Thus if English executors, by accident or otherwise, omit or undervalue an asset in the Probate application and the IHT400, they will still be able to deal with the assets by producing the original or an office copy of the Probate. Scottish executors who omit details of an asset will not be able to deal with it until they have intimated details to HMRC and obtained an Eik to Confirmation. Arguably therefore the Scottish system is less open to fraud and tax evasion than the English one.
The Scottish requirement to include a list of all the estate assets in the C1 has a knock-on effect in cases where IHT is payable and an IHT400 has been submitted. The IHT 400 and supplementary IHT forms request exact details of the estate assets and English executors have to complete all the forms in full. Scottish executors have however already set out all the assets and values in the C1 and HMRC accept IHT returns which show simply the total value for each category of asset and refer to the C1 for the detail.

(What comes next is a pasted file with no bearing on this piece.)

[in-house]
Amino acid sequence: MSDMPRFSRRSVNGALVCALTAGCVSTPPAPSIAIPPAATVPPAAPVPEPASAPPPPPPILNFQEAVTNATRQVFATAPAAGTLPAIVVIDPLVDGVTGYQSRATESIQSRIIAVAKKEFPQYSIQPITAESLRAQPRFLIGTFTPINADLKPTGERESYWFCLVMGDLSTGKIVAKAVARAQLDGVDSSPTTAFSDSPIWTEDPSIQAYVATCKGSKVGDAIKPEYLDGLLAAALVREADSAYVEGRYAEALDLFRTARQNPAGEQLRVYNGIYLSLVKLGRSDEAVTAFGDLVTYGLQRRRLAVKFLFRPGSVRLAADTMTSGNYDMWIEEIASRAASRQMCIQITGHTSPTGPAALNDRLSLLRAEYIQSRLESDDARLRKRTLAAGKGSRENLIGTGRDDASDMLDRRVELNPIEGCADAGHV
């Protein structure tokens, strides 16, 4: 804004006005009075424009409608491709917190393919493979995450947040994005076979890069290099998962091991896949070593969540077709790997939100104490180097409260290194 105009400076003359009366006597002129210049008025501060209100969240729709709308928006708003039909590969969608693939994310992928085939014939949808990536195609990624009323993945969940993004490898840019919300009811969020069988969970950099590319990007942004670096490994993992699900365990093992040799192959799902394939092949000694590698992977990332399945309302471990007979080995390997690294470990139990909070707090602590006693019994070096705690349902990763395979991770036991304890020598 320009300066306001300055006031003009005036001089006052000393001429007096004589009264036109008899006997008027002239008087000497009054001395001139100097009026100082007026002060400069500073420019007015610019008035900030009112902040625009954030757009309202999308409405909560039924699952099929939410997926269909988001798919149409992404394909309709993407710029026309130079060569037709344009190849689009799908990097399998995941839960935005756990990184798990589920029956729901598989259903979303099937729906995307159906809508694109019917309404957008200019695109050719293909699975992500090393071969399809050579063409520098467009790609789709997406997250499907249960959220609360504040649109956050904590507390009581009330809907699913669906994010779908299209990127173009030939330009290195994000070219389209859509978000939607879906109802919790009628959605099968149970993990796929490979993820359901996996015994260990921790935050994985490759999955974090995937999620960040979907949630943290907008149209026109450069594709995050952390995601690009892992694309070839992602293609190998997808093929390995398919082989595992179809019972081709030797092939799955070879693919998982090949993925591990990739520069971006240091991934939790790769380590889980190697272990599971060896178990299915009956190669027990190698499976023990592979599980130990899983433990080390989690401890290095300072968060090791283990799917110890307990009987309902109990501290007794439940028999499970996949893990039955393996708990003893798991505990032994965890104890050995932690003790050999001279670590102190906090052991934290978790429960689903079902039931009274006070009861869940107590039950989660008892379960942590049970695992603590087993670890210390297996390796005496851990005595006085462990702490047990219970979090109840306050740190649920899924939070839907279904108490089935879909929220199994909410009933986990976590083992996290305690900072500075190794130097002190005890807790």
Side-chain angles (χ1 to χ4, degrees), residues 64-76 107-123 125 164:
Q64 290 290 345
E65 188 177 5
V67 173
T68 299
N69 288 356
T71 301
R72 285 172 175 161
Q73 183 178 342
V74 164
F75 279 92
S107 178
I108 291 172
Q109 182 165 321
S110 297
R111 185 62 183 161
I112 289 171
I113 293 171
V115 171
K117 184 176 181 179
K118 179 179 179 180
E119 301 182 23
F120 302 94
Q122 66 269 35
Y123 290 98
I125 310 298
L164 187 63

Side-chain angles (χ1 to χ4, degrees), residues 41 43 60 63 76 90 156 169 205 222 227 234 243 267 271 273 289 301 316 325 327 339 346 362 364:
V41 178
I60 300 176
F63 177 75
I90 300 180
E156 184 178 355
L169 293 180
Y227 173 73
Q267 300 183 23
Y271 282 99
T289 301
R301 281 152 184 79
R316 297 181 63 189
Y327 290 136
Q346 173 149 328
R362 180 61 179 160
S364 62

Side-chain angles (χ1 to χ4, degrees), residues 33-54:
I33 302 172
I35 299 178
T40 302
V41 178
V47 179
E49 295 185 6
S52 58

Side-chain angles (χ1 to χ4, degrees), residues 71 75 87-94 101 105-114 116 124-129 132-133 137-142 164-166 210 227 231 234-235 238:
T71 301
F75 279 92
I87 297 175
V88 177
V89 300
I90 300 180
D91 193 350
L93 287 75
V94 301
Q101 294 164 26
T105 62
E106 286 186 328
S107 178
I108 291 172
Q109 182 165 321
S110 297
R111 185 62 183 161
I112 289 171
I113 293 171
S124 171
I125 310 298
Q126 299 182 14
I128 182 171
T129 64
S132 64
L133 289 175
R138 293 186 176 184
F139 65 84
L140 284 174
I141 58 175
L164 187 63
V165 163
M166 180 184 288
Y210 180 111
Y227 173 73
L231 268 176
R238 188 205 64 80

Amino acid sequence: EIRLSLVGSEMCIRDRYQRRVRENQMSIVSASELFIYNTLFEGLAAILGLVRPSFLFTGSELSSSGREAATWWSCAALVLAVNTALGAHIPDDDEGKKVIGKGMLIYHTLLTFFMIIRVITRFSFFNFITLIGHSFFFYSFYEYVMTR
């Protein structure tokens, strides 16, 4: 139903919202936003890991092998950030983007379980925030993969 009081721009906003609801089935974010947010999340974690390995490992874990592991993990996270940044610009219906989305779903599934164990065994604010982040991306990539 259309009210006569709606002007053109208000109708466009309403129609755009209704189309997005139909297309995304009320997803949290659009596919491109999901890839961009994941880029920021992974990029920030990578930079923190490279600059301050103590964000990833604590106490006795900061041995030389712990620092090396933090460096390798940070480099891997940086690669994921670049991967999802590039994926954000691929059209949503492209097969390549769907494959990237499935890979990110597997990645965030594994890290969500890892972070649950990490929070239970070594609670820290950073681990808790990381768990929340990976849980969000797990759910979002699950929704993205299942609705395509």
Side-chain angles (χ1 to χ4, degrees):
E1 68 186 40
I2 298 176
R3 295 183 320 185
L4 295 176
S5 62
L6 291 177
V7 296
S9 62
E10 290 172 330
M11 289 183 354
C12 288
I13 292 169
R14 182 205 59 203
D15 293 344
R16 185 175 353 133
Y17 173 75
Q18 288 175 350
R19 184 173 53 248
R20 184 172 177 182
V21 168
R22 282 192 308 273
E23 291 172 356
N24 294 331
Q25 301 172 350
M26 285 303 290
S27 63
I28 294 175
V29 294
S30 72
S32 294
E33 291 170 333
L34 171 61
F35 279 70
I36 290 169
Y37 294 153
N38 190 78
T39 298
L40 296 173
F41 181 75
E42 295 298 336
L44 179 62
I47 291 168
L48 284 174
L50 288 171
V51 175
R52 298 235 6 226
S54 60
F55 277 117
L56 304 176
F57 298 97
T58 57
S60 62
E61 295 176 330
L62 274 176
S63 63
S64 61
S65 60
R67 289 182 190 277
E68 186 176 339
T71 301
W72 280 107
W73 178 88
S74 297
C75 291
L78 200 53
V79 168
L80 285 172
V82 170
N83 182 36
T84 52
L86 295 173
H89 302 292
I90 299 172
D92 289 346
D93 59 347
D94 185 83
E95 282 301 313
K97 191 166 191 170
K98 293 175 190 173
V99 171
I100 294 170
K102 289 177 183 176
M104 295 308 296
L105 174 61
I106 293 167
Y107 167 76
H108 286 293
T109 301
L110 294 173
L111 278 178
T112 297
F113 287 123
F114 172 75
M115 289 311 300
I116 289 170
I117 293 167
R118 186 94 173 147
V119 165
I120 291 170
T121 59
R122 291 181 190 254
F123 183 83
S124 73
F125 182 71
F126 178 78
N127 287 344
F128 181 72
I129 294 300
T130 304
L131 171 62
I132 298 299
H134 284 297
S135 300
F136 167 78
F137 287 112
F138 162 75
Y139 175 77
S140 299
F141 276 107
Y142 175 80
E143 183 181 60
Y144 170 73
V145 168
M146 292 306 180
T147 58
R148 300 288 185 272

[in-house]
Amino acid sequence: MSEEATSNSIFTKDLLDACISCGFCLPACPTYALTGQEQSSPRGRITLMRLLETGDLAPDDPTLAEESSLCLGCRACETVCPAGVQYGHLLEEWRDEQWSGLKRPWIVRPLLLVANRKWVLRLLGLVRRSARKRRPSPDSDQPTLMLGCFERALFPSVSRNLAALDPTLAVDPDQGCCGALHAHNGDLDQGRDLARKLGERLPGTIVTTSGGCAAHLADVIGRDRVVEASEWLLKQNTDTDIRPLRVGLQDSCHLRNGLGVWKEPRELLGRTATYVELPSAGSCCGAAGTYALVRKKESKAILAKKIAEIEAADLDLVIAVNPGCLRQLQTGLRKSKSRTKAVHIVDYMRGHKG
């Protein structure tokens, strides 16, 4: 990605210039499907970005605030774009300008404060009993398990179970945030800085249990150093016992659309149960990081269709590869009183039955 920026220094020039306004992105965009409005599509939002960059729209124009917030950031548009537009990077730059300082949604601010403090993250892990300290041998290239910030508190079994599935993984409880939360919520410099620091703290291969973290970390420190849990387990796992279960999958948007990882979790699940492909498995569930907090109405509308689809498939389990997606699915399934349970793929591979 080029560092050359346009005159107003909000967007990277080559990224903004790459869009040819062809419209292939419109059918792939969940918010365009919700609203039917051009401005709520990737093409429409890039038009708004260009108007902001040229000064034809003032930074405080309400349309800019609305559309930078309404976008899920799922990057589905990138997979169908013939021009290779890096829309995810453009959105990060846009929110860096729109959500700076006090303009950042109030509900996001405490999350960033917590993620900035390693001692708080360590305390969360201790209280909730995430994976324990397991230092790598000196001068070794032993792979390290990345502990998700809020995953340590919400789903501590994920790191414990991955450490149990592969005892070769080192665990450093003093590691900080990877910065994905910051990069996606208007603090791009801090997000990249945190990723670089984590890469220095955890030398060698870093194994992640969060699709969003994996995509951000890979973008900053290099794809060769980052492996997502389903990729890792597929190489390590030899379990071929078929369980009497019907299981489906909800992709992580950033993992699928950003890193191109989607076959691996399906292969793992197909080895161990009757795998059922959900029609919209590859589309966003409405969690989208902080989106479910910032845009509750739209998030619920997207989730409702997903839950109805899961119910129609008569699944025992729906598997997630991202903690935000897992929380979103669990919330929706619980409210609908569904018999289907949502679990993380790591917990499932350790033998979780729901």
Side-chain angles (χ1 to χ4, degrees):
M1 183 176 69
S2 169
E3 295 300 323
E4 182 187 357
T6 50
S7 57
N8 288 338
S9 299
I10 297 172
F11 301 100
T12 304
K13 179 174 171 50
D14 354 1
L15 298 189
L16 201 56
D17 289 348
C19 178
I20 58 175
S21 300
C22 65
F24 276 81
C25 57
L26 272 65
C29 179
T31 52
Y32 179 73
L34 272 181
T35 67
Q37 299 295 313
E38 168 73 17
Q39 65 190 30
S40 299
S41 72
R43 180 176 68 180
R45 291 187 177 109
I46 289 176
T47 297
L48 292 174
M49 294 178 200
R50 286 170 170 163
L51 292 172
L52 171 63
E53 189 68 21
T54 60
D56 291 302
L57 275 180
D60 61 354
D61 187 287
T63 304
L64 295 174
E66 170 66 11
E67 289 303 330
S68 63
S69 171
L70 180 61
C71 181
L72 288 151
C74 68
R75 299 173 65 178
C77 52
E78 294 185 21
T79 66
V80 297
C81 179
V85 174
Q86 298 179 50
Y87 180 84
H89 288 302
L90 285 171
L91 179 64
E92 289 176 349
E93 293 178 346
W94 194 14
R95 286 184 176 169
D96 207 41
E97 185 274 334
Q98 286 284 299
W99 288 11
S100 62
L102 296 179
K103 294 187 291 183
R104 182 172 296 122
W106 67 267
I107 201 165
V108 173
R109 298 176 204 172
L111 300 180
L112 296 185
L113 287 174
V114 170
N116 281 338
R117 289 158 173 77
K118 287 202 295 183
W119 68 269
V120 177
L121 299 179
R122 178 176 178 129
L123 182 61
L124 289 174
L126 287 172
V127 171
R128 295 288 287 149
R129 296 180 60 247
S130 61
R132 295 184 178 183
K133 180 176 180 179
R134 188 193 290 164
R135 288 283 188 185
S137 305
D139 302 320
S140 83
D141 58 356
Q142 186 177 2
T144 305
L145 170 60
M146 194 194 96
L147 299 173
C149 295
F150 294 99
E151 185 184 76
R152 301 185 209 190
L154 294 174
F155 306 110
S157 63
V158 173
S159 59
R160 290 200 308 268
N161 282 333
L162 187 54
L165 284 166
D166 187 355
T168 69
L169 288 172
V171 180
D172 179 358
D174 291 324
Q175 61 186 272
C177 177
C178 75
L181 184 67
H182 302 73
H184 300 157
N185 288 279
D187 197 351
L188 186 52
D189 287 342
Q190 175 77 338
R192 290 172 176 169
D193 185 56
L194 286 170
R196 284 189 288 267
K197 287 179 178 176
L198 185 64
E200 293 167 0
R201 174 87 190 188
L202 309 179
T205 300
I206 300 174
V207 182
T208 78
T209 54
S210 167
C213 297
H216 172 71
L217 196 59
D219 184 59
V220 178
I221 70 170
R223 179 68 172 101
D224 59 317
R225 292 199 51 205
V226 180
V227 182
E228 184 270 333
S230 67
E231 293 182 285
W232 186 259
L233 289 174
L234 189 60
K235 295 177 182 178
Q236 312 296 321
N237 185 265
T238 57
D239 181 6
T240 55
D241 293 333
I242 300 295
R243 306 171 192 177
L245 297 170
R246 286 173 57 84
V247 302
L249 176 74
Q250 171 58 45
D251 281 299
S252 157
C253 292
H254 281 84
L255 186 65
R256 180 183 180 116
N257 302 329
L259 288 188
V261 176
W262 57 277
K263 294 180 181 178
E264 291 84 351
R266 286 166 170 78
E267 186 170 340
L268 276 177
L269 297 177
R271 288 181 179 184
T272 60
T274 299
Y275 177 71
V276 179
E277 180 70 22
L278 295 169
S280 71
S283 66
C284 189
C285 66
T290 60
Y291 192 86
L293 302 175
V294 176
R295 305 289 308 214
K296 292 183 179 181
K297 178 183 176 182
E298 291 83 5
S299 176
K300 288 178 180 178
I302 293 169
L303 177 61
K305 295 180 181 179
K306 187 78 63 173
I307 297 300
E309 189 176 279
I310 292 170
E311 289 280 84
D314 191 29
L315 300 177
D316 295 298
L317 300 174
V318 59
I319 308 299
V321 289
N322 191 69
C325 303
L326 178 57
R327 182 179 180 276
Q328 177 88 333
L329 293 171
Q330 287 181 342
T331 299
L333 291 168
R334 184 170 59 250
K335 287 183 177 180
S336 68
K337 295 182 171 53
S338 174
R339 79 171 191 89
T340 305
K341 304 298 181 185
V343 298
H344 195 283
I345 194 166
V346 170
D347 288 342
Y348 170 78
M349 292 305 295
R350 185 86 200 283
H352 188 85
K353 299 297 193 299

An unscrupulous or careless executor or agent may therefore have an easier time of it in England but in neither jurisdiction is any gap in the official procedure a justification for breaching the undertakings which executors have signed when submitting the estate details to the court, far less HMRC.
The information contained in this newsletter is for general guidance only and represents our understanding of relevant law and practice as at March 2019. Wright, Johnston & Mackenzie LLP cannot be held responsible for any action taken or not taken in reliance upon the contents. Specific advice should be taken on any individual matter. Transmissions to or from our email system and calls to or from our offices may be monitored and/or recorded for regulatory purposes. Authorised and regulated by the Financial Conduct Authority. Registered office: 302 St Vincent Street, Glasgow, G2 5RZ. A limited liability partnership registered in Scotland, number SO 300336.